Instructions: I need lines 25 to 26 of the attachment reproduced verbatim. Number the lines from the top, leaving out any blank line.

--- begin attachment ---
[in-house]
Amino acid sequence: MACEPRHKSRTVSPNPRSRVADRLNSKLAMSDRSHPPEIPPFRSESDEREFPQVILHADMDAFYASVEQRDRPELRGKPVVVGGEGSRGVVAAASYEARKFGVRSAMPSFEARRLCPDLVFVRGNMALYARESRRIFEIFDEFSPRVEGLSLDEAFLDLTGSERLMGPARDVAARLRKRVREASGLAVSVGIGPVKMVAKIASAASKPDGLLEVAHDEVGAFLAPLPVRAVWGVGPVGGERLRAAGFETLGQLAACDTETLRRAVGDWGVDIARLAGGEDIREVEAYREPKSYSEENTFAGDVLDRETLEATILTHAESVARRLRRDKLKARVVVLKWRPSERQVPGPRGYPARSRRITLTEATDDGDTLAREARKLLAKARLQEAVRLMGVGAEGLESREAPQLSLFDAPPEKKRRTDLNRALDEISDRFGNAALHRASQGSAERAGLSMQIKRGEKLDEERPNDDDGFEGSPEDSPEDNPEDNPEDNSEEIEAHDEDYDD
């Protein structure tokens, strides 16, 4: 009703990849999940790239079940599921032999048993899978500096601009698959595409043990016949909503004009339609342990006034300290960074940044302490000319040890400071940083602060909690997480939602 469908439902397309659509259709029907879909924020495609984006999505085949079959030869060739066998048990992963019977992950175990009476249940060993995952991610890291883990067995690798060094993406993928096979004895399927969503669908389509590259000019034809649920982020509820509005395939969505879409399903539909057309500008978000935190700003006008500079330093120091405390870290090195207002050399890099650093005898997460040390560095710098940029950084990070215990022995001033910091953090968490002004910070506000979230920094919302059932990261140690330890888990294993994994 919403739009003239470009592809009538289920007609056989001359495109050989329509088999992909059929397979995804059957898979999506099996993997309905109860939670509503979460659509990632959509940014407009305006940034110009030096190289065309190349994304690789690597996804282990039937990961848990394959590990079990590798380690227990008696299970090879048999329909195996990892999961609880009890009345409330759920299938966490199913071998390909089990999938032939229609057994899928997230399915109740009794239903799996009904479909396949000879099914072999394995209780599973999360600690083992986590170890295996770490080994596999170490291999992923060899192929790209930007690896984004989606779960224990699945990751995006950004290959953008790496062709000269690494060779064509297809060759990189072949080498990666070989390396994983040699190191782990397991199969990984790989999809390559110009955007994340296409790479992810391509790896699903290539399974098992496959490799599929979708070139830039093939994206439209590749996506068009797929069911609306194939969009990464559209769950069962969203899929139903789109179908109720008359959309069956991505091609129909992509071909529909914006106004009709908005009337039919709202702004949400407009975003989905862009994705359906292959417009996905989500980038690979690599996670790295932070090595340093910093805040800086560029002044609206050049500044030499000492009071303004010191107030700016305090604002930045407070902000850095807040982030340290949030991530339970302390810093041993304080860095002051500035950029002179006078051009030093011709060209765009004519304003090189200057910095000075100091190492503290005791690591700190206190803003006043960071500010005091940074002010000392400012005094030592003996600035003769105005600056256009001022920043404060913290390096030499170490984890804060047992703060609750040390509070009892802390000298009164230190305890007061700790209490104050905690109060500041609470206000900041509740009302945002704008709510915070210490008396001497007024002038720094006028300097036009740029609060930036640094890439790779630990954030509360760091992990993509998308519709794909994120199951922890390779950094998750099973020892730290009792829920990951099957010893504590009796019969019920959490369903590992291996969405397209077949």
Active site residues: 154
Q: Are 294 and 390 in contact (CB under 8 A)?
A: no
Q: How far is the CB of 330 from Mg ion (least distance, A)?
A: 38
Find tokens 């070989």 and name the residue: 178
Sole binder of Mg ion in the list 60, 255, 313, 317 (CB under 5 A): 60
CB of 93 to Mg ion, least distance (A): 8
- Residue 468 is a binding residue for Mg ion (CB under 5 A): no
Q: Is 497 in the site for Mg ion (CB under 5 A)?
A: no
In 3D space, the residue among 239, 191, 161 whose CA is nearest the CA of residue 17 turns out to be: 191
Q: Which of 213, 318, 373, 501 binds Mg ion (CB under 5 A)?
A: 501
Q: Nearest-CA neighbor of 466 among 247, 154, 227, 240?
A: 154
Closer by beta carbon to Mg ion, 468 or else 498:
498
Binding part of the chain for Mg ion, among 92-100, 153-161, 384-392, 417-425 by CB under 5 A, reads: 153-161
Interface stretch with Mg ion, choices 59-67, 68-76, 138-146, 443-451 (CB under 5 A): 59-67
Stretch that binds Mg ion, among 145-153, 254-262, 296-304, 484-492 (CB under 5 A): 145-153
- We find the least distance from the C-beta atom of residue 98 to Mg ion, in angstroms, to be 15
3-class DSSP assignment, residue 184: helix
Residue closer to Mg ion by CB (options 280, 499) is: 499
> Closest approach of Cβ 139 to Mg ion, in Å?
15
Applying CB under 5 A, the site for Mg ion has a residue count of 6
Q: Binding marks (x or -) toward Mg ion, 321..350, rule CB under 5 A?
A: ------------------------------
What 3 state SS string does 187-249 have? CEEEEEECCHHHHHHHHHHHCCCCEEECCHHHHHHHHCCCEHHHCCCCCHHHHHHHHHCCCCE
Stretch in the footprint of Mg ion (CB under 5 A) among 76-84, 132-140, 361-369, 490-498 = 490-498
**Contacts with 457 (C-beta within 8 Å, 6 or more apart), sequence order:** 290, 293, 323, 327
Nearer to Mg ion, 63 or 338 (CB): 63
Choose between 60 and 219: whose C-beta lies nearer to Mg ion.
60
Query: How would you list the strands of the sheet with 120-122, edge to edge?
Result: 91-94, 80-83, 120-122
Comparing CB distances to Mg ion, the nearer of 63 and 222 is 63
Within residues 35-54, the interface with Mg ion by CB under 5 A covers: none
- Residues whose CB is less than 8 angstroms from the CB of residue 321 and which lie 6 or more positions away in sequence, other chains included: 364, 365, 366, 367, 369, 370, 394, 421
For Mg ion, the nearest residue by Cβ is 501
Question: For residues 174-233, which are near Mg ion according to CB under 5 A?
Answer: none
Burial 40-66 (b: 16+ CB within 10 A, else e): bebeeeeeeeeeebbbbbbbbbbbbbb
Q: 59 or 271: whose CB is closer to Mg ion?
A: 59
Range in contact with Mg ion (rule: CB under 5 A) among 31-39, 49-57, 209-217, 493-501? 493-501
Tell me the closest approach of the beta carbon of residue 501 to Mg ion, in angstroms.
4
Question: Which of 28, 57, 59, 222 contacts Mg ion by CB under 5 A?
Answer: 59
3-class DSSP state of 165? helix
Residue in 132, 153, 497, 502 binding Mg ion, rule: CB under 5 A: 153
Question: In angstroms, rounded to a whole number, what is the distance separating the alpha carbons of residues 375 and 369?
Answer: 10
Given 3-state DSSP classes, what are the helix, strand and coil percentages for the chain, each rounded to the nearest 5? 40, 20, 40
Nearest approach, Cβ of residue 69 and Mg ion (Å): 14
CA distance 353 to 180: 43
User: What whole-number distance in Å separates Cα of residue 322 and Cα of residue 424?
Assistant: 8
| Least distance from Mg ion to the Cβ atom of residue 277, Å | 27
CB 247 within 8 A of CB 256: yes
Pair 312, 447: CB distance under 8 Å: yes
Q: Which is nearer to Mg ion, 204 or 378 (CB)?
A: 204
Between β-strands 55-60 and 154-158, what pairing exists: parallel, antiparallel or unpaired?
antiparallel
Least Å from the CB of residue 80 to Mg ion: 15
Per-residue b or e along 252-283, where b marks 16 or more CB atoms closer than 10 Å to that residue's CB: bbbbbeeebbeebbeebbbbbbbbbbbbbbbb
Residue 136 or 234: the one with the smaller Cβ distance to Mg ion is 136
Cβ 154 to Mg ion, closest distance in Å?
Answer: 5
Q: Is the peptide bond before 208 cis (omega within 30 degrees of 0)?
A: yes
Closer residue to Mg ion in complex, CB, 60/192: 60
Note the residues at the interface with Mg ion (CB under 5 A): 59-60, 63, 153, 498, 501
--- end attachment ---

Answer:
- We find the least distance from the C-beta atom of residue 98 to Mg ion, in angstroms, to be 15
3-class DSSP assignment, residue 184: helix